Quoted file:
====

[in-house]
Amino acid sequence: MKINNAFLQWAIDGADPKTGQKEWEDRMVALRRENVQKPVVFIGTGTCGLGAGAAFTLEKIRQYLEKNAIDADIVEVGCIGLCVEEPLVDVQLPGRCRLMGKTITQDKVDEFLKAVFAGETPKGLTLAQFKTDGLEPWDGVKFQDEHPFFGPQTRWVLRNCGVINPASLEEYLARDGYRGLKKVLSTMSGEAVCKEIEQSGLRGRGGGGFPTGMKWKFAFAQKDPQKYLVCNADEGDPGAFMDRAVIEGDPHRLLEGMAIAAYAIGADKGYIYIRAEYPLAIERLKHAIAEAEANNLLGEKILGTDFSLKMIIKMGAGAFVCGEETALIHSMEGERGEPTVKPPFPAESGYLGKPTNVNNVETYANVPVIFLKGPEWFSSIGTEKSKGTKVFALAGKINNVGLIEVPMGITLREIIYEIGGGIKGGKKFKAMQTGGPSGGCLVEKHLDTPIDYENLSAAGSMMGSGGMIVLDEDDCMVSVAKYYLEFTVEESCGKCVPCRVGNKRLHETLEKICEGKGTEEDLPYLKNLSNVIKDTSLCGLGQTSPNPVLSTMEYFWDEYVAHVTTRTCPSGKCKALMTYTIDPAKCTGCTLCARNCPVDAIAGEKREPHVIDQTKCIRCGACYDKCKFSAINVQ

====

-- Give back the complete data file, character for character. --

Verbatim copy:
[in-house]
Amino acid sequence: MKINNAFLQWAIDGADPKTGQKEWEDRMVALRRENVQKPVVFIGTGTCGLGAGAAFTLEKIRQYLEKNAIDADIVEVGCIGLCVEEPLVDVQLPGRCRLMGKTITQDKVDEFLKAVFAGETPKGLTLAQFKTDGLEPWDGVKFQDEHPFFGPQTRWVLRNCGVINPASLEEYLARDGYRGLKKVLSTMSGEAVCKEIEQSGLRGRGGGGFPTGMKWKFAFAQKDPQKYLVCNADEGDPGAFMDRAVIEGDPHRLLEGMAIAAYAIGADKGYIYIRAEYPLAIERLKHAIAEAEANNLLGEKILGTDFSLKMIIKMGAGAFVCGEETALIHSMEGERGEPTVKPPFPAESGYLGKPTNVNNVETYANVPVIFLKGPEWFSSIGTEKSKGTKVFALAGKINNVGLIEVPMGITLREIIYEIGGGIKGGKKFKAMQTGGPSGGCLVEKHLDTPIDYENLSAAGSMMGSGGMIVLDEDDCMVSVAKYYLEFTVEESCGKCVPCRVGNKRLHETLEKICEGKGTEEDLPYLKNLSNVIKDTSLCGLGQTSPNPVLSTMEYFWDEYVAHVTTRTCPSGKCKALMTYTIDPAKCTGCTLCARNCPVDAIAGEKREPHVIDQTKCIRCGACYDKCKFSAINVQ